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Residents speak out at Rays/Hines public hearing

David Krakow



Tampa Bay Rays Presidet Brian Auld Wednesday at the St. Petersburg Coliseum. Photo: David Krakow.

Affordable housing – and the affordability of St. Petersburg as a whole – was the main topic of conversation for speakers at the first public hearing about the development of the Historic Gas Plant District held Wednesday night at the Coliseum.

“They are taking more than they give. That’s just how corporations work,” said Madison Rice. “The city needs to fight for what we (residents) need as much as they do for what they want.” Rice was referring to the Hines/Rays partnership, the public-private entity comprising global real estate investment firm Hines and the Tampa Bay Rays that was chosen to develop the 86-acre tract downtown. The centerpiece would be the Rays’ new $1.3 billion stadium, earmarked for a 2028 debut.

The eight million square foot district is due to include, other than the stadium, 6,000 housing units plus office/medical, retail, a hotel, a 600-unit senior living tract, an entertainment venue, 100,000 square feet of conference/meeting space, 14,000 parking spaces and the new home of the Woodson African American Museum.

The housing breaks out as 4,800 market rate and 1,200 affordable to be completed in four stages between the years 2030 and 2047. Hines stated that a minimum of 600 of the 1,200 affordable housing units will be on-site, while the rest would be located elsewhere in the city.

“There is nothing of this size and scope anywhere in the country,” proclaimed Rays President Brian Auld, “that depends on the support of every section of the community. We know we will not be perfect.”

Said Michael Harrison, Senior Managing Director for Hines: “We are really creating a city within a city. We’ve done affordable housing, retail, offices etc. We’ve had experience putting these all together.”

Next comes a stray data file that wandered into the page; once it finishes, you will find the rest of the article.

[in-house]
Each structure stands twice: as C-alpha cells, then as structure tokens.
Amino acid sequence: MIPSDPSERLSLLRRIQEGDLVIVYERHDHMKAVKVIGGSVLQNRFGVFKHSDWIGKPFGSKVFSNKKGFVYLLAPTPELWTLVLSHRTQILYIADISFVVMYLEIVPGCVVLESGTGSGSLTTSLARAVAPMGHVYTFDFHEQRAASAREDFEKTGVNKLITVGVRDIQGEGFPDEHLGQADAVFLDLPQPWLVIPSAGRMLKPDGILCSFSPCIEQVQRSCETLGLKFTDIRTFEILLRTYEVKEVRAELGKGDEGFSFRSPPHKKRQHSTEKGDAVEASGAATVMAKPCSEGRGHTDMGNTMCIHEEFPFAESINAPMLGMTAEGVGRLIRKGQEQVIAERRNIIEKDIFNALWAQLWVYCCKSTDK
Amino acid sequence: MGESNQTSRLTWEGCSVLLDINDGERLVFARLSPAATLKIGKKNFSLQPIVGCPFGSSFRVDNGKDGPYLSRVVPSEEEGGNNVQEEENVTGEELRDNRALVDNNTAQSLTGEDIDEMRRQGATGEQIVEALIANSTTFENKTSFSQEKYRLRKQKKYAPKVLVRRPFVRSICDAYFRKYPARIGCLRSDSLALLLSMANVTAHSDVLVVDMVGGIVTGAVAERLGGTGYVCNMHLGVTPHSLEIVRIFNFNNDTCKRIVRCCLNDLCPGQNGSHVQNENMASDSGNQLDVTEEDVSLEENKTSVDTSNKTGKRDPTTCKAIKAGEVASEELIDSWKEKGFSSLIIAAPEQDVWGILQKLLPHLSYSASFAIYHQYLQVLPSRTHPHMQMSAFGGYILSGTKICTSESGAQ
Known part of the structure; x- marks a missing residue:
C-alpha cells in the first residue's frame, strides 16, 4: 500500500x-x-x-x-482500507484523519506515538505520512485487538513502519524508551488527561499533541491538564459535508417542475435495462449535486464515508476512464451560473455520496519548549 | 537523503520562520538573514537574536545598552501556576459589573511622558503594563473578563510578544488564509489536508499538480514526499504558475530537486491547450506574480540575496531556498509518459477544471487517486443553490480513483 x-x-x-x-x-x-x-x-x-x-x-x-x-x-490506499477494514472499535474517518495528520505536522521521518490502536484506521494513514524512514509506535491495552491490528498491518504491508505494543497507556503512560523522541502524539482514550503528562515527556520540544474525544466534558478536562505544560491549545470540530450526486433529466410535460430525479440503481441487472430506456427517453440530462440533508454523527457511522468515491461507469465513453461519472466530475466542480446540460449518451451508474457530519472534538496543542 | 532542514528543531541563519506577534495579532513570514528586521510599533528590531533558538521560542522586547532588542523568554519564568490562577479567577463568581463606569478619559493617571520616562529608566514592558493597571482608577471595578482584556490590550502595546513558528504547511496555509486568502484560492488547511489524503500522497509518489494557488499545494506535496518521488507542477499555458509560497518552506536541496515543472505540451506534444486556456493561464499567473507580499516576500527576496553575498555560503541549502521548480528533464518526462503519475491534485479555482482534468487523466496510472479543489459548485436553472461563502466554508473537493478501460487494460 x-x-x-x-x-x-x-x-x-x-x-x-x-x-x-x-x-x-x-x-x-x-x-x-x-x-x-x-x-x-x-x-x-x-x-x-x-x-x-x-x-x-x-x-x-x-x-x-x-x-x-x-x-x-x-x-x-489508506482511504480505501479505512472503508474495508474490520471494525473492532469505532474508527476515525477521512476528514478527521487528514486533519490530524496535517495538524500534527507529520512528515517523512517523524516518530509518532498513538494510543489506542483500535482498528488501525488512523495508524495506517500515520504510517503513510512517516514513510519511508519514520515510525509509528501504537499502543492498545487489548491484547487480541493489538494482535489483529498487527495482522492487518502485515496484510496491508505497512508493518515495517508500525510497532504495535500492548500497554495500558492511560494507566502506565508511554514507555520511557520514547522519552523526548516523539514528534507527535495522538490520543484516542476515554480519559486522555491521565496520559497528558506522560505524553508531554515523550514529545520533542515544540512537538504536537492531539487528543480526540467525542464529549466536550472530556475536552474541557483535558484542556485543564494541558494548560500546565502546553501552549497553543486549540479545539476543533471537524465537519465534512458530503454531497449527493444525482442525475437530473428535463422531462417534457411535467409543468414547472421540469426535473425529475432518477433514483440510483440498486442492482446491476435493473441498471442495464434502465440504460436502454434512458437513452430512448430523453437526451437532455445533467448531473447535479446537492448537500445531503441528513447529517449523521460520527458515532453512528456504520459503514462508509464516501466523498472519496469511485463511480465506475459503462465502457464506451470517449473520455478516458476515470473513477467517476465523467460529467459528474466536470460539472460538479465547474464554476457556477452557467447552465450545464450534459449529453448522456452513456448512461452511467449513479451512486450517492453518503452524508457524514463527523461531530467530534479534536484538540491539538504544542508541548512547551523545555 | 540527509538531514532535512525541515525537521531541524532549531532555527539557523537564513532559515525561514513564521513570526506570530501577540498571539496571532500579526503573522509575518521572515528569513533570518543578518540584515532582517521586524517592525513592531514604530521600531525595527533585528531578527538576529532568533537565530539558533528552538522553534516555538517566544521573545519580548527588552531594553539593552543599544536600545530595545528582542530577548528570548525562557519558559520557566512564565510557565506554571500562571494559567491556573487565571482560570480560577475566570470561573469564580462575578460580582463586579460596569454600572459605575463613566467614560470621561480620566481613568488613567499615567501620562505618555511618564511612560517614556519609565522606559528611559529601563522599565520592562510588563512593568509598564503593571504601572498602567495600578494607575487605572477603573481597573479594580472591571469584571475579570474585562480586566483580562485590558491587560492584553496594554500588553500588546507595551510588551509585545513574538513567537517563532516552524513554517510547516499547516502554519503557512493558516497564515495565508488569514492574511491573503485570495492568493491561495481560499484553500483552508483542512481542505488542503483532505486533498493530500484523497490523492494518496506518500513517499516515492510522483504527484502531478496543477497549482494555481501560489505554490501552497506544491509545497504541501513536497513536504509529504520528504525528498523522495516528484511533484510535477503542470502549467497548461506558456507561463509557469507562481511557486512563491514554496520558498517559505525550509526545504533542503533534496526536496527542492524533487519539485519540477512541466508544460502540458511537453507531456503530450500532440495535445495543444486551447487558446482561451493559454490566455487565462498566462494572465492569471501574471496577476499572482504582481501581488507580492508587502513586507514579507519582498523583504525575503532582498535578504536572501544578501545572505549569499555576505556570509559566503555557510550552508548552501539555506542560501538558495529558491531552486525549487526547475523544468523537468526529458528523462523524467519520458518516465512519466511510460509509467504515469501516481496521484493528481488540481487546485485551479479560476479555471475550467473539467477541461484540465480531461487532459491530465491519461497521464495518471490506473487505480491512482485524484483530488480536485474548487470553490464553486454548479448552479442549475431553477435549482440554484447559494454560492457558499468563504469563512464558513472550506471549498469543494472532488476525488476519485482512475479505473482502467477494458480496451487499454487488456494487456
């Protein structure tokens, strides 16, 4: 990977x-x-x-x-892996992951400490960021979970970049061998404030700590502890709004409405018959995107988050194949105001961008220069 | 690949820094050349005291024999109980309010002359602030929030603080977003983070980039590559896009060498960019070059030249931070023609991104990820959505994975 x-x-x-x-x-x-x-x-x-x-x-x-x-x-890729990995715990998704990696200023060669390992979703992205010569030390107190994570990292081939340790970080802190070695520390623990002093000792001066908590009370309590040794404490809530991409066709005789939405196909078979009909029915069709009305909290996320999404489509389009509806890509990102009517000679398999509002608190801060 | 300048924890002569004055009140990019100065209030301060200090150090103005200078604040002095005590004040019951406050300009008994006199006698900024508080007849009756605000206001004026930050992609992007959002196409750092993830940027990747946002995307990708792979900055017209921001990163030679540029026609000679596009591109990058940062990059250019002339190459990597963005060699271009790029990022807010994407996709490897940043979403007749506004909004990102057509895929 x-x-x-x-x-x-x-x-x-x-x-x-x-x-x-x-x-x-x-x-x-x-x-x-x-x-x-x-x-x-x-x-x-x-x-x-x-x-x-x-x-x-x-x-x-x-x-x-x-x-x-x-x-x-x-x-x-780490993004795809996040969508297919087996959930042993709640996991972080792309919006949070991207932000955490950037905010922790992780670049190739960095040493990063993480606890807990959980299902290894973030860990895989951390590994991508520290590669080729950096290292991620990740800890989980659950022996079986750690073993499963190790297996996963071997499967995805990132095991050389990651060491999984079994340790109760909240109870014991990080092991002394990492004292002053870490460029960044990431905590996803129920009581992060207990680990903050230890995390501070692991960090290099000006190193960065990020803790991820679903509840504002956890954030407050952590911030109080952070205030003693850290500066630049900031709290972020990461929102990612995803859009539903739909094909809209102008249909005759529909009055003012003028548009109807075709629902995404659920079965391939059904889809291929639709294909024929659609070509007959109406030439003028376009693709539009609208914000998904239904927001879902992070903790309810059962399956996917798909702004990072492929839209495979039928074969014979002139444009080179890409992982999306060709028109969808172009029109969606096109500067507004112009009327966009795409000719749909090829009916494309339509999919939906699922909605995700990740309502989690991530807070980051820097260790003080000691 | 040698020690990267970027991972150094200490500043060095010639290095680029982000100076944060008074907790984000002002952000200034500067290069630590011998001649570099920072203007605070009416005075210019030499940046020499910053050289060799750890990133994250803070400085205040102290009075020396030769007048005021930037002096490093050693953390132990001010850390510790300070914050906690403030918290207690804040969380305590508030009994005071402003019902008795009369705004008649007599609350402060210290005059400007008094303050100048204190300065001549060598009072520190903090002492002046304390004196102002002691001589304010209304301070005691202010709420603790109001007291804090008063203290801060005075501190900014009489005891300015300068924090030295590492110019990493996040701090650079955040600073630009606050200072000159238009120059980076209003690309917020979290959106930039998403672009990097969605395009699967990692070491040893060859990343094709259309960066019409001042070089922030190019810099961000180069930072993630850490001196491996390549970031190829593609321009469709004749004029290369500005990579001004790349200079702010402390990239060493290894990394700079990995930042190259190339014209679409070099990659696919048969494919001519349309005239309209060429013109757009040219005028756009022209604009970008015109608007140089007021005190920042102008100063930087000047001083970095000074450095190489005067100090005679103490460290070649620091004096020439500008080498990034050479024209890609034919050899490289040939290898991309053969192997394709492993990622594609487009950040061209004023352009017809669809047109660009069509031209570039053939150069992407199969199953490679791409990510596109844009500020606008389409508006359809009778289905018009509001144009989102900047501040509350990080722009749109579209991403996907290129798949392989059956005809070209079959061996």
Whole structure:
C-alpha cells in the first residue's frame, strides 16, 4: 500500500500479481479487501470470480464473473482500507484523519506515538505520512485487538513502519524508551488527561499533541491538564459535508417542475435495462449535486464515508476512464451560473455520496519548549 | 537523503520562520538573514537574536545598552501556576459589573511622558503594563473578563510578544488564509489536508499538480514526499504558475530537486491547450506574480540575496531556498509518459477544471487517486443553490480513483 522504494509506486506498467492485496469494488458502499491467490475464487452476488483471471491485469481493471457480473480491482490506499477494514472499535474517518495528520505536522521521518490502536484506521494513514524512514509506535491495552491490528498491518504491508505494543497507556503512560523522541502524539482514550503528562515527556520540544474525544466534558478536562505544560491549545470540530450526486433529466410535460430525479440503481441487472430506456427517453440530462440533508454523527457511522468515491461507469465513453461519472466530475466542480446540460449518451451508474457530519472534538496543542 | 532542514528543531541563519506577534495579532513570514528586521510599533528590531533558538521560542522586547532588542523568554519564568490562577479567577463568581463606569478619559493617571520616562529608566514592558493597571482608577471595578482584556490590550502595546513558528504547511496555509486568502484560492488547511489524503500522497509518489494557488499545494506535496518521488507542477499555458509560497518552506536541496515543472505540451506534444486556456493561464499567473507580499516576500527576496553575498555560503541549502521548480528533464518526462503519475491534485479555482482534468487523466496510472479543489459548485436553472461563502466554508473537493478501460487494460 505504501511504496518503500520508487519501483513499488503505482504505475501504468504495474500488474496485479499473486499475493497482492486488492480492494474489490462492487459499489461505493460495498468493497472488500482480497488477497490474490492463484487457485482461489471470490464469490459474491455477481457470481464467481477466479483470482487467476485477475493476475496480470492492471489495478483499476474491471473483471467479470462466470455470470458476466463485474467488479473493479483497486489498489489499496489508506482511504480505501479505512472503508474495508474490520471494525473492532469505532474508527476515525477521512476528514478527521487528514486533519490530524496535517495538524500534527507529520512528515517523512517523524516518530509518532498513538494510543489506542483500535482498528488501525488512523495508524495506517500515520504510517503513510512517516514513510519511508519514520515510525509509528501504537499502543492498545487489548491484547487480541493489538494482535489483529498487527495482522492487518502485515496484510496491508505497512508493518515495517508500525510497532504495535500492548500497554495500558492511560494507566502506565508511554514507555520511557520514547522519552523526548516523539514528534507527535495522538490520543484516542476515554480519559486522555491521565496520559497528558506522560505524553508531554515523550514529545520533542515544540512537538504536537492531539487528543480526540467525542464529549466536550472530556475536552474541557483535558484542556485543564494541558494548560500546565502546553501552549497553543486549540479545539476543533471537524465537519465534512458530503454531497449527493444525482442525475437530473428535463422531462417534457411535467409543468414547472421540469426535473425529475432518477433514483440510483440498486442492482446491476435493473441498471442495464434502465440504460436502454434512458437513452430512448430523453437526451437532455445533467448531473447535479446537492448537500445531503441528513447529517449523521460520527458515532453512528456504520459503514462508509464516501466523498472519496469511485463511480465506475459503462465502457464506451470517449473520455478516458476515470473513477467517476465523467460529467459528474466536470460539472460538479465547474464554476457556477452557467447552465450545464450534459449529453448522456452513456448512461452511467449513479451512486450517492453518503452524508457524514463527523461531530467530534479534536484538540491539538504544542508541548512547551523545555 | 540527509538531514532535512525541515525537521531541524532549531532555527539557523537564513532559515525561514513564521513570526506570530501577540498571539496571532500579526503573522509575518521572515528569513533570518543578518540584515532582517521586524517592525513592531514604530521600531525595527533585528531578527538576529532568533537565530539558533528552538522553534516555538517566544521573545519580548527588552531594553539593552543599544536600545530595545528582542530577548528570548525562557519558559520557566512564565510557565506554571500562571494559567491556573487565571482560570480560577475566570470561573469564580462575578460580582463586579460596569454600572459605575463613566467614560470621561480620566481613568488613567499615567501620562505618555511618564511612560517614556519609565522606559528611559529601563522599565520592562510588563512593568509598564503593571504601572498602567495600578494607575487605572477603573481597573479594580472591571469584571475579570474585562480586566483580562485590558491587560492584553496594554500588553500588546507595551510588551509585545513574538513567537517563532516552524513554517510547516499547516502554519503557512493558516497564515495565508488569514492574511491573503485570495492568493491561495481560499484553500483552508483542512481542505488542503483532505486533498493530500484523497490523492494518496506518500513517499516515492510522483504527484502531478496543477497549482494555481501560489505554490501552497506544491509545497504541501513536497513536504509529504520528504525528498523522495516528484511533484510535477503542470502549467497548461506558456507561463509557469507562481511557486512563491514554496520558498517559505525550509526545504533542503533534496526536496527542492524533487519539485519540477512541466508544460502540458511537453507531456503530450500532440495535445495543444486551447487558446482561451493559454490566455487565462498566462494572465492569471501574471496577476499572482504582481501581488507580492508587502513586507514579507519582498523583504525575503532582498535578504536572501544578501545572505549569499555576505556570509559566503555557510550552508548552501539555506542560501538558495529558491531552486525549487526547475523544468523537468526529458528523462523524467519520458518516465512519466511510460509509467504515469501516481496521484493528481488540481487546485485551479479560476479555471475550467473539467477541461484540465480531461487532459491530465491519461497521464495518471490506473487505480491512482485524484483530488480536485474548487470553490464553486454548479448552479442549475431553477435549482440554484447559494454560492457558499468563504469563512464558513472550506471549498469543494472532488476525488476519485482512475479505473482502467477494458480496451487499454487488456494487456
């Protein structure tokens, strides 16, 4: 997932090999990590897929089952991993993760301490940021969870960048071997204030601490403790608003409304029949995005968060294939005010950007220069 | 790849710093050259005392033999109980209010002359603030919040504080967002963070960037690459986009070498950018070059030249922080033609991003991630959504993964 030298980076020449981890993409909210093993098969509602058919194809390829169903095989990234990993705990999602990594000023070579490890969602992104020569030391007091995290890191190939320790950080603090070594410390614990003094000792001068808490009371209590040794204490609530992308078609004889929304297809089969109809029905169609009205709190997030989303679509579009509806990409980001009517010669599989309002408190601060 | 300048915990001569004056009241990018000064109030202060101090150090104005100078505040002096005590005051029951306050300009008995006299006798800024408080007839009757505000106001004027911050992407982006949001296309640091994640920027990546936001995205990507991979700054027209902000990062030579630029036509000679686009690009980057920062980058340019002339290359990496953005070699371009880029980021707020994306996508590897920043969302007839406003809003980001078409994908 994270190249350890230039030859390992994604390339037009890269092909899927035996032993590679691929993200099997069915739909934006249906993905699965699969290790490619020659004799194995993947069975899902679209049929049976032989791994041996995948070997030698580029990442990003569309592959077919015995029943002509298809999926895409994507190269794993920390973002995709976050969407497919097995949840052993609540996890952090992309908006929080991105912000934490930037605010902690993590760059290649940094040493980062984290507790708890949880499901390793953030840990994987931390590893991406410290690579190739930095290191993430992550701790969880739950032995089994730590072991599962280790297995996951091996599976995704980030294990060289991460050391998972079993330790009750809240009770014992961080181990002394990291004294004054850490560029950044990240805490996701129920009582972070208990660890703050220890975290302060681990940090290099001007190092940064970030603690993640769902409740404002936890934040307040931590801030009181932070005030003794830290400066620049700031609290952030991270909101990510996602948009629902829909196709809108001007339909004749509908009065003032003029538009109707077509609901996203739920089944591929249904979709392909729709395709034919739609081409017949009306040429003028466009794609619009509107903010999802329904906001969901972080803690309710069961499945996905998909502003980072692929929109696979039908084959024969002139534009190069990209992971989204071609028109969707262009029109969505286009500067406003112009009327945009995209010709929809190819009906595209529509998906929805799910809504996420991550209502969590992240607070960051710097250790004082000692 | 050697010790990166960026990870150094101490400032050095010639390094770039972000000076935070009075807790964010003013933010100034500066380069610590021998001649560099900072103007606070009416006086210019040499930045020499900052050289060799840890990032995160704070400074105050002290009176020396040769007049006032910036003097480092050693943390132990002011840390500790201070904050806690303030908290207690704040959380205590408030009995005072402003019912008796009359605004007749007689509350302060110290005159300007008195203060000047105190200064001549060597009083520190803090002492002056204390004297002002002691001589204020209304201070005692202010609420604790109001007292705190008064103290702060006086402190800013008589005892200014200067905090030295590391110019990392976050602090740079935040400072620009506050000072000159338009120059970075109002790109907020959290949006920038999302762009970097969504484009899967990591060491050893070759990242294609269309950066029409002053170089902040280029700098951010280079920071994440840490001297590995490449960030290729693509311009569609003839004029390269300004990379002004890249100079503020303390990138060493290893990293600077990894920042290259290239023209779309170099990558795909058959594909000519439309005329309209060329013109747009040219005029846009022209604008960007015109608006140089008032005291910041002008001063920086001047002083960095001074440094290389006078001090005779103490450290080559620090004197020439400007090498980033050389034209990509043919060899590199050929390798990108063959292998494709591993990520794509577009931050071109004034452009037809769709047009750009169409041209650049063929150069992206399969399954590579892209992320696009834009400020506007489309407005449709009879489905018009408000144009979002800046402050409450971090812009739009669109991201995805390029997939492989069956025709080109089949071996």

Officials did not speak after the public comments were completed.

The majority of the speakers made it clear that they already find the plan imperfect, well before shovels will hit the ground. Construction on the stadium and site infrastructure are due to begin in the fourth quarter of 2024.

“When you say affordable, affordable to who,” asked resident Phyllis Young, one of 22 public speakers at the event. “This is my neighborhood,” she added, telling the crowd that she grew up in the area now occupied by Tropicana Field’s parking lot. “I would like to see more of an affordability factor built in.”

“You talk about affordable housing but I don’t see it,” added Lorna Perez, who said that she’s heard St. Pete called St. Miamisburg, partially owing to housing costs that have risen 63% in the past three years. “At this point, we’re focused on surviving, not enjoying the city.”

That theme – the rising cost of living in the city – was echoed by many to decry the impression that the partnership deal and plans are nothing more than a scheme to aid the rich at the expense of the lower- and middle-income residents of the city. Many cited Brookings Institute and other studies that have questioned the benefits of using public money for private projects.

“Using public funds for stadium development is a bad investment,” complained Frank Cirillo. “This is clearly a political decision.”

Cirillo also used his three minutes to point out that the average baseball fan is 57 years old and getting older – stating, as others did, that there is no magic bullet to address the Rays’ attendance woes. Attendance hit a nadir in October when the Trop was half-empty for the team’s two playoff games against the Texas Rangers.

One speaker said that residents of the rest of the region – mostly Tampa – had a “mental block” and simply had no interest in crossing the bridge to come to Rays’ games or to St. Pete, period.

It was suggested that it’s already too late for some city residents. “I have friends moving out of St. Pete because they can’t afford to live here anymore,” said Warren Willingham. “We don’t need an outdoor mall.”